Elizabeth Gilbert is quite simply an inspiring individual.
I’ve been willing to read any article or listen to any podcast with her name on it since reading her bestselling book, Eat, Pray, Love, years ago. Her latest book, Big Magic, was simultaneously an easy read and a punch in the gut. While I chose to ignore many of the “spiritual” elements Gilbert added in, the points I took away about what it means to live a creative life are lessons that will stick with me as I regularly work to convince myself that writing is worth it, even though writing is worth zero dollars and literally nothing but my sanity through having a creative outlet.
The book was a creative pep talk for the ages, but not the type that coddles you and strokes your hair when you’re upset that your creative work isn’t working out. It’s more like a creative pep talk that pushes you off of a cliff of uncertainty and exploration or into the fire of criticism, laughs at you, and says, “Who cares? Get back to work.”
1. Fear is boring.
I didn’t realize how much bravery is required to lead a creative life, and that living a creative life doesn’t mean exactly what I thought it did. Leading a creative life, I now realize, is choosing curiosity over fear even when fear presents a convincing case that it should drive. Gilbert described her fear as boring, unoriginal, “a song with one note”—which I’ll remember when I’m tempted to restrain myself or choke the life out of my work because fear says it’s too risky. “As the saying goes,” she wrote, “Argue for your limitations and you get to keep them.”
2. I can write my own permission slip.
Sometimes we take ourselves out of the running for creative living because we think we’re not “enough” of something. We believe that if what we’re doing has been done before or we’re not the best one in the world to have some monumental, earth-shattering idea, then we shouldn’t dare step foot into the creative sphere.
But Big Magic helped me see that entitlement isn’t always a bad thing. In fact, creative entitlement means I’m allowed to be here. Something may have been said or done already, but it hasn’t been said or done by me. Original isn’t anywhere near as important a trait as authentic. Gilbert mentioned the “arrogance of belonging” where we give ourselves permission to exist, to explore, to express, to have a voice and a vision. It’s okay if your work is for you and doesn’t start a revolution: “Your reasons to create are reason enough.”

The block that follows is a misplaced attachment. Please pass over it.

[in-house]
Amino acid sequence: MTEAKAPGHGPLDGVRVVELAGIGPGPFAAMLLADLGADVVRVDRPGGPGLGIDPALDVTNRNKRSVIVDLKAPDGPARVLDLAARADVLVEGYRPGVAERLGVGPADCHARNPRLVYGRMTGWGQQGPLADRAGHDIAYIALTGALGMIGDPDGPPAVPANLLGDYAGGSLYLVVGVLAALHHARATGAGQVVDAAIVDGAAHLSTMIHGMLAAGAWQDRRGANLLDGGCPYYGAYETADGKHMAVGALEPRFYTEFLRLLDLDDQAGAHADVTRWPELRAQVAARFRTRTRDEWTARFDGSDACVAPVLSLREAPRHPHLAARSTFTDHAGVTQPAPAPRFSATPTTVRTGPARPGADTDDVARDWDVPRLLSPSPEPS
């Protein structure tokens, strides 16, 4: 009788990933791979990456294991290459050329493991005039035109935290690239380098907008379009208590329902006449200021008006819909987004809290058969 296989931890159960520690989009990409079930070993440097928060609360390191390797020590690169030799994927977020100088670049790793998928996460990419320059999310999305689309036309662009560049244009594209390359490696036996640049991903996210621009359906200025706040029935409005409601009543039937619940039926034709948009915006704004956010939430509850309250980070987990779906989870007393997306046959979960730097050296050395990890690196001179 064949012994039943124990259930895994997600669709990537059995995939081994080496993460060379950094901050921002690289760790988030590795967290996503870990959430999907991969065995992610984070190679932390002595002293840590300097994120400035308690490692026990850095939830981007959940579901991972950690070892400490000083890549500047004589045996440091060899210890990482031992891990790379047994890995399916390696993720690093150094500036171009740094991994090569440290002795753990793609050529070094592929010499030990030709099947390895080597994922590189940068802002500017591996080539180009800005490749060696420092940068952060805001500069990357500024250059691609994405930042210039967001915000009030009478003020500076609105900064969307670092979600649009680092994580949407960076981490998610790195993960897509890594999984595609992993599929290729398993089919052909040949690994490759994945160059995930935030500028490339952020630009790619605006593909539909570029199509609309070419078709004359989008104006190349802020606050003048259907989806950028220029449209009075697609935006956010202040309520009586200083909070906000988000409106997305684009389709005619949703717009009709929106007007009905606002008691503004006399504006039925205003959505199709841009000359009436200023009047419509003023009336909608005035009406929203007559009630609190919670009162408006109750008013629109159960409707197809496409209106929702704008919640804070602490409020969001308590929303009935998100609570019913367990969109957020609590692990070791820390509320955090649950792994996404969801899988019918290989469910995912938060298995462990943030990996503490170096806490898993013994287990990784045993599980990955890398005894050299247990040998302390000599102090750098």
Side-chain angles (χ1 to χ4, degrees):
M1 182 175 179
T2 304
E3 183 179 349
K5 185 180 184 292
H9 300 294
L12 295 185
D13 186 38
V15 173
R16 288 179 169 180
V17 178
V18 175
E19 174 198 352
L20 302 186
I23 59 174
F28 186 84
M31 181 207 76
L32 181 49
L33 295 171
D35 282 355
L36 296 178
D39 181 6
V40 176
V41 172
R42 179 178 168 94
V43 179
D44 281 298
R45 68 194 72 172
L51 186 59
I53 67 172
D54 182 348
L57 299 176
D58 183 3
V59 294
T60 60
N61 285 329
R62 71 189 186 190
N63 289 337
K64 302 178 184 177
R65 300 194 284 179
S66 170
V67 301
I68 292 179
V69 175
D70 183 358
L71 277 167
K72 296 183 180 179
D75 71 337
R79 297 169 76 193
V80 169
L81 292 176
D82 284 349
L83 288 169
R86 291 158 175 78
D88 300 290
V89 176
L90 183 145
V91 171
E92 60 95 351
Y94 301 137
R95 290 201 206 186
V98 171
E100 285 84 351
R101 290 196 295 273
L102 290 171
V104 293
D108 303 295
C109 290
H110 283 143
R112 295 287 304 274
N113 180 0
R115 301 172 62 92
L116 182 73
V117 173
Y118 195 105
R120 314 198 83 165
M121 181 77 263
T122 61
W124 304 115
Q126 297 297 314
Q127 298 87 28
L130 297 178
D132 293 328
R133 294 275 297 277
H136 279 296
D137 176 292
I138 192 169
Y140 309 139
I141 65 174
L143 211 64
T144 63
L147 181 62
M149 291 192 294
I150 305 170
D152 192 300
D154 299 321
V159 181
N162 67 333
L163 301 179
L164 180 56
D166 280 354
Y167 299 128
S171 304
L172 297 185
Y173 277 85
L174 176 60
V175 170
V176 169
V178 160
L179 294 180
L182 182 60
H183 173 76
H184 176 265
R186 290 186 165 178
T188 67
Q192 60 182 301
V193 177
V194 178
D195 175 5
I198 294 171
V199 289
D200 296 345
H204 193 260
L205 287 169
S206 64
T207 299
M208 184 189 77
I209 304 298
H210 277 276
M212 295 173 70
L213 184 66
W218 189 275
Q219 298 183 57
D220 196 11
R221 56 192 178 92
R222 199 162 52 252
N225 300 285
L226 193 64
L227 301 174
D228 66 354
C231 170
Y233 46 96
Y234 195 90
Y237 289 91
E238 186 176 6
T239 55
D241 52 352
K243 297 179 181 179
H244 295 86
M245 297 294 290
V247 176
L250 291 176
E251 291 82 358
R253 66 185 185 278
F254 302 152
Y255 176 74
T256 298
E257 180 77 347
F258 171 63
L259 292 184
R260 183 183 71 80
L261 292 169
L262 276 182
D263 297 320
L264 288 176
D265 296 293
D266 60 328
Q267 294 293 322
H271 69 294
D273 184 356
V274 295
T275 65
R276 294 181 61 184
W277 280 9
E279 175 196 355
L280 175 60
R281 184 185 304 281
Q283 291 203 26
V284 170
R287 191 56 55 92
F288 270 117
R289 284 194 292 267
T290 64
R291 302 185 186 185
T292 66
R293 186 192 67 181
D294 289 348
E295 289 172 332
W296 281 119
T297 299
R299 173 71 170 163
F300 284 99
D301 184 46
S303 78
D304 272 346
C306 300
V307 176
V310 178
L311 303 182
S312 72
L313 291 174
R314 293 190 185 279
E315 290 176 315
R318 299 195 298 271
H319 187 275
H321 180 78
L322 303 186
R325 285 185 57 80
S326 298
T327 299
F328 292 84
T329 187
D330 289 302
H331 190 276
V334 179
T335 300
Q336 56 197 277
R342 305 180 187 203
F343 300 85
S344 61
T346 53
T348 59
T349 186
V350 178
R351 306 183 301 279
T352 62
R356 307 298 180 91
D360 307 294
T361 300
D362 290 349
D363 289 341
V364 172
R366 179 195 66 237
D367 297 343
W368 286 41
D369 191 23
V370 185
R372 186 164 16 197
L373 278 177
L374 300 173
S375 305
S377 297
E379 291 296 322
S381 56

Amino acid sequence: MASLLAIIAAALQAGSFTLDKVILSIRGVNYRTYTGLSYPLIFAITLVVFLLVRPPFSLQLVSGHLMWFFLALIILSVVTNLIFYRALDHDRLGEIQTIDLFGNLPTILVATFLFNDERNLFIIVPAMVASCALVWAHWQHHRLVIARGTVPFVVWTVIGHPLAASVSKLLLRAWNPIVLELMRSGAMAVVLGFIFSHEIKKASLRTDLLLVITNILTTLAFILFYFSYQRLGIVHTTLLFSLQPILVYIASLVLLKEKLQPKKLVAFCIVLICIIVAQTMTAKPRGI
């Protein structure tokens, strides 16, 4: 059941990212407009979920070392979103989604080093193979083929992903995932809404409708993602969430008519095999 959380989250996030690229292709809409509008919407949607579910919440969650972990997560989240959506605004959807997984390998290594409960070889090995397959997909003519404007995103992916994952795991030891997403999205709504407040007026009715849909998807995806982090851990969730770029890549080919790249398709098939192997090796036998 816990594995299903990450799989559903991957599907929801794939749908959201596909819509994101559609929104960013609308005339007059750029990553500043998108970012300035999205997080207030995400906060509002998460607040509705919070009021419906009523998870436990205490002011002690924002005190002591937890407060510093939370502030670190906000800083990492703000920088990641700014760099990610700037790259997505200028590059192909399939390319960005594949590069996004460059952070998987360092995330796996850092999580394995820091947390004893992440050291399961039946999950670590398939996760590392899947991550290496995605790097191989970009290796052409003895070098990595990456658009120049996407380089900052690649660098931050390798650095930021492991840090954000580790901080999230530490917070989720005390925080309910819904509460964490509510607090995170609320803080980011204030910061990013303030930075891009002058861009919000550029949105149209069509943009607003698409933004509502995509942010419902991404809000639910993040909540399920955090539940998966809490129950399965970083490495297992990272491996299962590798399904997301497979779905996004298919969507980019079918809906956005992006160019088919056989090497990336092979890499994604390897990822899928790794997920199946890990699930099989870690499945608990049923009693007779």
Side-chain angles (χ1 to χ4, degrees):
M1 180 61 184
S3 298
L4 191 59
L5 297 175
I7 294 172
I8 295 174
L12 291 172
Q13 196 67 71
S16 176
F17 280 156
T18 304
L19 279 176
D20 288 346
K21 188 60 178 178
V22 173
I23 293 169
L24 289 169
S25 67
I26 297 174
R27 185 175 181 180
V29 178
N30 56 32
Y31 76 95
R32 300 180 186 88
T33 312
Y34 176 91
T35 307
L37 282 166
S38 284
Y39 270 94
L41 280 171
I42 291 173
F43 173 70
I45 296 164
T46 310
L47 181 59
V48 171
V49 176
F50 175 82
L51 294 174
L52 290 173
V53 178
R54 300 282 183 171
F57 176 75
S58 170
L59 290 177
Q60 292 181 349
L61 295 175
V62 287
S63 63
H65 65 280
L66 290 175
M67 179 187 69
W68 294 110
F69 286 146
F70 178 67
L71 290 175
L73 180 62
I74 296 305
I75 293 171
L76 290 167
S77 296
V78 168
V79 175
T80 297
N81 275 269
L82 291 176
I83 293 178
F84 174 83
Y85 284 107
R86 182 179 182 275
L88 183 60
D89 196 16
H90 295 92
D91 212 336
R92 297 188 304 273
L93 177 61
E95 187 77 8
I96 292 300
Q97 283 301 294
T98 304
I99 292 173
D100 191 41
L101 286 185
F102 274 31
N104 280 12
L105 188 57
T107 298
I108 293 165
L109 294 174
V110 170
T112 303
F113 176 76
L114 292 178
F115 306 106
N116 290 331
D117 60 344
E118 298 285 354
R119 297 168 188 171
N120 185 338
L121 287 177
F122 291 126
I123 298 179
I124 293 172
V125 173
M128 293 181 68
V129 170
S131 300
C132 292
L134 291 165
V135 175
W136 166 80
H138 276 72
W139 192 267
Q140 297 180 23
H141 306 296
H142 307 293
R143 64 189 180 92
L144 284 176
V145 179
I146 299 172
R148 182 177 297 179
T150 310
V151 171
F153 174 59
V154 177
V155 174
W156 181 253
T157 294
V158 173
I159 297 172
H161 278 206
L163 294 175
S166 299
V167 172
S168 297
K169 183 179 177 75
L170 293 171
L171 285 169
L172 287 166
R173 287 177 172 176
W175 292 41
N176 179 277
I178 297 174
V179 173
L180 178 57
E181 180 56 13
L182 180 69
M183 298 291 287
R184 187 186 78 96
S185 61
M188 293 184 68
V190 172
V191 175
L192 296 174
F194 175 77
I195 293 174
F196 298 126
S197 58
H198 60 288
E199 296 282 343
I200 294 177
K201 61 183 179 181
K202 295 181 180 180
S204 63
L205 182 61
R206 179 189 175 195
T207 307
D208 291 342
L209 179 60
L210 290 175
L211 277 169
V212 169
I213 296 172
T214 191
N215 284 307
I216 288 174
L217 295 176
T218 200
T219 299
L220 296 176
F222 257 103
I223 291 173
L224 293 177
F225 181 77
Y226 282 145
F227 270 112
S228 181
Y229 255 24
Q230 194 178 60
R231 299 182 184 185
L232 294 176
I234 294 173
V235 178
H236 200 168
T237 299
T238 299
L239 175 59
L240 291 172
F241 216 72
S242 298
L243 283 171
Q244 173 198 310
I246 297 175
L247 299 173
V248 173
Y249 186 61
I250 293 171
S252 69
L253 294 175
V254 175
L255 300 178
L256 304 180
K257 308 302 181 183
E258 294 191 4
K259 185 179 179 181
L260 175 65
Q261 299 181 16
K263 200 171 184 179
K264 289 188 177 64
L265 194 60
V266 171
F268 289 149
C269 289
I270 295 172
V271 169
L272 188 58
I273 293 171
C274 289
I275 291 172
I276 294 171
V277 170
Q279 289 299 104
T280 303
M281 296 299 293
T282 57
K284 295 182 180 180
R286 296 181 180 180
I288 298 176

3. I have to remember what creativity means to me and for me.
Gilbert promised her writing that, as her source of curiosity and contentment, she would always take care of it instead of expecting it to take care of her (financially or otherwise). I can relate to this fully, as making extra sacrifices to write seems to get harder as the years go on and it takes sacrifices of more time and energy to be bold, creative, and passionate. I now understand why I feel strangely incomplete when I’m not writing. I didn’t choose this, really, it’s always been what I do to fully be who I am. “That’s kind of the definition of a passion, after all,” Gilbert wrote in Big Magic, “an interest that you chase obsessively, almost because you have no choice.”
4. Perfectionism is an evil trick.
I’m shamefully familiar with perfectionism and its ways. We’re old pals. We go way, way back. Perfectionism is deceitful and says to me, “If you can’t do it perfectly yet, don’t do it at all.” Or here’s a few more of perfectionism’s favorite lines: “People won’t understand that and they’ll twist your words, so even if it might be useful for those who will understand, it’s best not to do anything with that idea. You know, to be safe.”
Gilbert called perfectionism a “high-end, haute couture version of fear” and ripped it to shreds in Big Magic. “The most evil trick about perfectionism, though, is that it disguises itself as a virtue,” she wrote. I can’t tell you how many times I haven’t done something or written something because I couldn’t do it perfectly—there are too many times to count. And this is not to be confused with doing things with integrity and in excellence, as perfectionism would like me to think. There’s a stark difference between doing your creative work well and delaying your creative work until you can do it without flaw or potential to fail.
Here’s the reality that I’m shaping up after I finished this book: what I work on must be both meaningless and meaningful at once, both serious and fun. It must matter to me enough to incite the bravery it takes to jump and not matter enough in this world to withhold it because it’s not what I deem in my mind as perfect.
I need to “do it whether people get it or don’t get it” as Gilbert wrote, because depending on the work, it may not be for people and it especially won’t be for everyone. It may even be just for me. I can’t control what other people think, and it’d be an exhausting, counter-productive part-time job to try.
Either way, I’m seeking to live a creative life that’s making God and curiosity and bravery and spunk and spontaneity the driver, leaving fear in the backseat, doubt in the trunk, and perfectionism in the dust where it belongs.
You are worthy, dear one, regardless of the outcome. You will keep making your work, regardless of the outcome. You will keep sharing your work, regardless of the outcome. You were born to create, regardless of the outcome. You will never lose trust in the creative process, even when you don’t understand the outcome.